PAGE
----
Institutional Effects on the Evolution of the Size Distribution of Firms
In this paper it is argued that the size distribution of firms may largely be determined by institutional factors. This hypothesis is tested in an exploratory fashion by studying the evolution of the size distribution of firms over time in Sweden for a period spanning from the late 1960s to the early 1990s. The data used is divided into finer size classes compared to most previous studies. This gives more scope for investigating the impact of institutions. Moreover, we use a unique data set, starting in 1984, to take account of corporate groups and government ownership. The analysis shows a poor development for intermediate-sized (10-199 employees) firms. This is likely to reflect the existence of a threshold that many firms are either unwilling or unable to cross. The analysis of the institutions and rules of the game determining the entrepreneurial and business conditions in Sweden indicate that the conditions have been unfavorable for small firms, and hence that too few small firms have managed to grow out of the smallest size classes. The conclusion is supported by an international comparison of the number of firms in different size classes. Data indicate that Sweden has fewer small (10-99) employees), and more large (500+) firms per capita than other European countries.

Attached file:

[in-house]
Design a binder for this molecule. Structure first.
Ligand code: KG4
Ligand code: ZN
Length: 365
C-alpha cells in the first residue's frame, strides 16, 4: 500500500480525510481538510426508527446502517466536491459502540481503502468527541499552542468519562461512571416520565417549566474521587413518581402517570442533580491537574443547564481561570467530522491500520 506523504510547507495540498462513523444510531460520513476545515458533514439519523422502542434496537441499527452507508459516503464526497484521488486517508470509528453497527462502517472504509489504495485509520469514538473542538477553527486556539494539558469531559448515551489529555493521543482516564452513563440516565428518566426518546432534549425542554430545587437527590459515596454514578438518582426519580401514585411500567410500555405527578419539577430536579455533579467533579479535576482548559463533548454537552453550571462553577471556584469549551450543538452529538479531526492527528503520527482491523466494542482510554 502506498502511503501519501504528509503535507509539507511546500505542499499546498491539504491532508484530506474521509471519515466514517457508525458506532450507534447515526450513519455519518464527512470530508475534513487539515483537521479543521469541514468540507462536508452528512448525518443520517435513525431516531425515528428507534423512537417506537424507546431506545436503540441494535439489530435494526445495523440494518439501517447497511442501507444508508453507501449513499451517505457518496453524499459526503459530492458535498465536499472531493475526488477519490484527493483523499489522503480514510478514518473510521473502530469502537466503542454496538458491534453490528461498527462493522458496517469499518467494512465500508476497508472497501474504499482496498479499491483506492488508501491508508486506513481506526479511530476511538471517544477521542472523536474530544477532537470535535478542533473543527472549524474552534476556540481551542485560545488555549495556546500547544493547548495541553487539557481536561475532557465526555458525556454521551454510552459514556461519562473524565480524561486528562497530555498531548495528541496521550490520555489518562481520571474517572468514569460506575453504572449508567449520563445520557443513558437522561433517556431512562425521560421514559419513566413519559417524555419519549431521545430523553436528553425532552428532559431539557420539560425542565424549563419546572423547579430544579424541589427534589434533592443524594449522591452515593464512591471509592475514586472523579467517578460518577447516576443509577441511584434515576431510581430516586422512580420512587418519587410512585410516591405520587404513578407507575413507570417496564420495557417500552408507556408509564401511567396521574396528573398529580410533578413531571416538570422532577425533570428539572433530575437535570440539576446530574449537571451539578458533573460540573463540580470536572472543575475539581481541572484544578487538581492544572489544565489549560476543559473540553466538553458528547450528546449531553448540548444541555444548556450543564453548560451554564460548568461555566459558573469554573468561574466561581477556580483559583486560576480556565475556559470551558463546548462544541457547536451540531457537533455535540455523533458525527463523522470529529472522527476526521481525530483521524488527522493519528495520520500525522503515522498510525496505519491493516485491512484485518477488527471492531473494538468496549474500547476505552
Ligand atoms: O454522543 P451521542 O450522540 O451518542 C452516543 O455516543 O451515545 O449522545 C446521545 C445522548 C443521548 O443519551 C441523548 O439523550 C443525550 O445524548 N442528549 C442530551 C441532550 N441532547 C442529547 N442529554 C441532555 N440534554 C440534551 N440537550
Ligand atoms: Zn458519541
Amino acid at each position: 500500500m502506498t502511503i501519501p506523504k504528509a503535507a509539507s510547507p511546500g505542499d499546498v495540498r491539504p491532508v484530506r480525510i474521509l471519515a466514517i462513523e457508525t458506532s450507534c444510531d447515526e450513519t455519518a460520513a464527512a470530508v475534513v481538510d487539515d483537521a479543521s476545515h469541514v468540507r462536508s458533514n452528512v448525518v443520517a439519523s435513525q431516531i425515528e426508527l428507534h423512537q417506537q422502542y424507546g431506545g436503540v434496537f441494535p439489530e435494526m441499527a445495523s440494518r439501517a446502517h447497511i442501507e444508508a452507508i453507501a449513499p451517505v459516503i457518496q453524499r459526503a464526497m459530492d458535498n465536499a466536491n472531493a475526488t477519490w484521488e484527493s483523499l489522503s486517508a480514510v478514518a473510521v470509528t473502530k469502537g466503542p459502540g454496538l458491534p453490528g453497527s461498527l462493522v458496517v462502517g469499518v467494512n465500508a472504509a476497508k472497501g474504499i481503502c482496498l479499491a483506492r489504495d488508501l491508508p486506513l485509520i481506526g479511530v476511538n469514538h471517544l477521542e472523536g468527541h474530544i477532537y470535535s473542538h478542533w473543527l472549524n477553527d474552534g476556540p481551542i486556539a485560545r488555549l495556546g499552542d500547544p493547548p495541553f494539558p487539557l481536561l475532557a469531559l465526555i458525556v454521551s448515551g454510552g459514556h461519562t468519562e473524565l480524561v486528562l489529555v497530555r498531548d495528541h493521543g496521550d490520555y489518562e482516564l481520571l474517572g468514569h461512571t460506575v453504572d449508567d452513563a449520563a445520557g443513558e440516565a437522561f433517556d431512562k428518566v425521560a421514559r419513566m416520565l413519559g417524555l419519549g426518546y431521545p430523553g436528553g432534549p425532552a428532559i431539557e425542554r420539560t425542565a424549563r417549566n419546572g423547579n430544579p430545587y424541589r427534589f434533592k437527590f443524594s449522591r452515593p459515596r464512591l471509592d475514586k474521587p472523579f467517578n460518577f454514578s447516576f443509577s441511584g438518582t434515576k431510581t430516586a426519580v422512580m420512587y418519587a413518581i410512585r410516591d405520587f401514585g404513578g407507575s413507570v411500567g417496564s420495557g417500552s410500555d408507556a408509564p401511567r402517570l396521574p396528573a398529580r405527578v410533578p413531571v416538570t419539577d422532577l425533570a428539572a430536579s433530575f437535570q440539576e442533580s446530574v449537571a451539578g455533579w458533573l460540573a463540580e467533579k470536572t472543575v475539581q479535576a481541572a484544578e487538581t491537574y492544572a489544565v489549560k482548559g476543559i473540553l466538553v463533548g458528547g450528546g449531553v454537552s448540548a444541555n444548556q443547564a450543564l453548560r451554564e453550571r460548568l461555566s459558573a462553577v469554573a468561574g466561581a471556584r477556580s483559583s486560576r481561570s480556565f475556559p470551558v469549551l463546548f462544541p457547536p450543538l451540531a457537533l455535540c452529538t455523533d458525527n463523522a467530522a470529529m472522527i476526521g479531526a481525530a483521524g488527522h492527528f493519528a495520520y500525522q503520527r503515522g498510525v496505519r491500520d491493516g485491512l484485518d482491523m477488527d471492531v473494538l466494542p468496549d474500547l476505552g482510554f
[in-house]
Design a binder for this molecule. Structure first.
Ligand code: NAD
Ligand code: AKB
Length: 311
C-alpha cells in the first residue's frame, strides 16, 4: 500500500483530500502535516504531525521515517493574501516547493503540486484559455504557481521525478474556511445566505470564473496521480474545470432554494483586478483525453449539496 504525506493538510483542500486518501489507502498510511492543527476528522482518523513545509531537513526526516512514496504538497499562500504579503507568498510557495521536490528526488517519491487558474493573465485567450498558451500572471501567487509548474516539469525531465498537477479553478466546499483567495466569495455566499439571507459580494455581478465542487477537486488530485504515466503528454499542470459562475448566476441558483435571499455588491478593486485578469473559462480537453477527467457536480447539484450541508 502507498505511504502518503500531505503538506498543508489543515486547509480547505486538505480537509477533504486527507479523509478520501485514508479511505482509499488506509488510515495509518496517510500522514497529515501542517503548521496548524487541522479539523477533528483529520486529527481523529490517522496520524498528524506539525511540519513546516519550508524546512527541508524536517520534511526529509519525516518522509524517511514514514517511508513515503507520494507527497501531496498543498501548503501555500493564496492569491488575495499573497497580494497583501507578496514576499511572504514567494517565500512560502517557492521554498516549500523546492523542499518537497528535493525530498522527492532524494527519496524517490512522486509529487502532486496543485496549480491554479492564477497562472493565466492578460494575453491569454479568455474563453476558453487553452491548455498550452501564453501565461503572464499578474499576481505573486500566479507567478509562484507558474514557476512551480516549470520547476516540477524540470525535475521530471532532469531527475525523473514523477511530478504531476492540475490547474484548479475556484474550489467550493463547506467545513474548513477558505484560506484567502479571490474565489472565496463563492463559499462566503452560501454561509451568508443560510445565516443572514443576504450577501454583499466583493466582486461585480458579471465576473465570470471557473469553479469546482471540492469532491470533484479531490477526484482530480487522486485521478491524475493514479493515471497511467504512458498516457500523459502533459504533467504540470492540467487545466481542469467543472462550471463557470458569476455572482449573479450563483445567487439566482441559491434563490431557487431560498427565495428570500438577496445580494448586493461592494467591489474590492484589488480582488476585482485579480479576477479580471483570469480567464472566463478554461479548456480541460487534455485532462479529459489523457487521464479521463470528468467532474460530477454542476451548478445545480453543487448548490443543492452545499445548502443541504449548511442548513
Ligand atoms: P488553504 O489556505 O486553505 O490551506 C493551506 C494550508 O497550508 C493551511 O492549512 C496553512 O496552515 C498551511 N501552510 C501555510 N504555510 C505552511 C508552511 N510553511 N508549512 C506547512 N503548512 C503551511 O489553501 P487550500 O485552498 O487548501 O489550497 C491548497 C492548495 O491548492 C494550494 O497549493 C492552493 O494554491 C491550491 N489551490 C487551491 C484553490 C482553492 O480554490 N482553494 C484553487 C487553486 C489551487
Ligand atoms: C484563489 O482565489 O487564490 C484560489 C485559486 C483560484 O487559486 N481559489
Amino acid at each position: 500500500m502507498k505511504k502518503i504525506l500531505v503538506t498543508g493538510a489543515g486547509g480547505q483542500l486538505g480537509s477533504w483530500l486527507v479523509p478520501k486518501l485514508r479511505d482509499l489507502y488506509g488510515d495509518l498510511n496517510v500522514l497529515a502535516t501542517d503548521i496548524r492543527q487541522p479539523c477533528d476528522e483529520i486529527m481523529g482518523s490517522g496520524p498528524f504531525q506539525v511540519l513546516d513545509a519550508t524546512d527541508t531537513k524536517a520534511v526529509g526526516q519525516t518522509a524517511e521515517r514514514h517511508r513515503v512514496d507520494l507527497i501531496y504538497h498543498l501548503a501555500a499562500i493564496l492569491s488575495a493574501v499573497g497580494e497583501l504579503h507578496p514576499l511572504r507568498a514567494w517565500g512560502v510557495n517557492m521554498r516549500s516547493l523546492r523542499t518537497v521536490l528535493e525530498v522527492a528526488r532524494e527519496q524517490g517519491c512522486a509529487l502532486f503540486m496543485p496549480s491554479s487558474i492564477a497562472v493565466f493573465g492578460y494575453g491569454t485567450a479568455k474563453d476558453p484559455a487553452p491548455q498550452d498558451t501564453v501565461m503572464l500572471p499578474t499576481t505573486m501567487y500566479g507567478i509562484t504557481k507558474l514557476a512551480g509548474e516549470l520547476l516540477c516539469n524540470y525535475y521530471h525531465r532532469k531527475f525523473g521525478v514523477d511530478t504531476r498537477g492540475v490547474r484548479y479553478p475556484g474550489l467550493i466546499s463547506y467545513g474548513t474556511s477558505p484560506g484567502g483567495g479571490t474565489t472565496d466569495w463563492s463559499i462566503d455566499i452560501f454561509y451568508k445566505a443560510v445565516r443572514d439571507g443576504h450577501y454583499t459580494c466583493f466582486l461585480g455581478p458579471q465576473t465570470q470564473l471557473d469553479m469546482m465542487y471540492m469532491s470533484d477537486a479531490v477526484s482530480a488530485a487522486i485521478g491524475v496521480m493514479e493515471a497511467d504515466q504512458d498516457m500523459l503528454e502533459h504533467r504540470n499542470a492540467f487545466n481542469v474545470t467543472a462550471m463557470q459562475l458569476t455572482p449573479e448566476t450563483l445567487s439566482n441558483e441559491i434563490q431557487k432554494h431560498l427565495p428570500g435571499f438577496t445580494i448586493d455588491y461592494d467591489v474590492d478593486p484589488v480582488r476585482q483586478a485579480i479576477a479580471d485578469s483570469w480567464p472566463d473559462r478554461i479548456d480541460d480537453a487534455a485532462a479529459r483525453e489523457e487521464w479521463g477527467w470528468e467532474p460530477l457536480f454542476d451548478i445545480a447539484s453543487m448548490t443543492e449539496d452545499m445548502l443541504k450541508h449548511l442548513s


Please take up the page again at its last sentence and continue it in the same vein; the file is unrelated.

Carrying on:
(This abstract was borrowed from another version of this item.)
If you experience problems downloading a file, check if you have the proper application to view it first. In case of further problems read the IDEAS help page. Note that these files are not on the IDEAS site. Please be patient as the files may be large.
As the access to this document is restricted, you may want to look for a different version under "Related research" (further below) or search for a different version of it.
References listed on IDEAS
Please report citation or reference errors to , or , if you are the registered author of the cited work, log in to your RePEc Author Service profile, click on "citations" and make appropriate adjustments.:
- Blau, David M, 1987. "A Time-Series Analysis of Self-employment in the United State," Journal of Political Economy, University of Chicago Press, vol. 95(3), pages 445-67, June.
- Eliasson, Gunnar & Kazamaki Ottersten, Eugenia, 1994. "Om förlängd skolgång," Working Paper Series 412, Research Institute of Industrial Economics.
- Carlsson, Bo & Braunerhjelm, Pontus, 1993. "Entreprenörskap, småföretag och industriell förnyelse 1968-1991," Working Paper Series 372, Research Institute of Industrial Economics.
- Davis, Steven J. & Henrekson, Magnus, 1997. "Explaining National Differences in the Size and Industrial Distribution of Employment," Working Paper Series 482, Research Institute of Industrial Economics.
- Brown, Charles & Medoff, James, 1989.
"The Employer Size-Wage Effect,"
Journal of Political Economy,
University of Chicago Press, vol. 97(5), pages 1027-59, October.
- Steven J. Davis & John C. Haltiwanger & Scott Schuh, 1998. "Job Creation and Destruction," MIT Press Books, The MIT Press, edition 1, volume 1, number 0262540932, June.
- Holtz-Eakin, Douglas & Joulfaian, David & Rosen, Harvey S, 1994.
"Sticking It Out: Entrepreneurial Survival and Liquidity Constraints,"
Journal of Political Economy,
University of Chicago Press, vol. 102(1), pages 53-75, February.
- Douglas Holtz-Eakin & David Joulfaian & Harvey Rosen, 1993. "Sticking It Out: Entrepreneurial Survival and Liquidity Constraints," Working Papers 698, Princeton University, Department of Economics, Industrial Relations Section..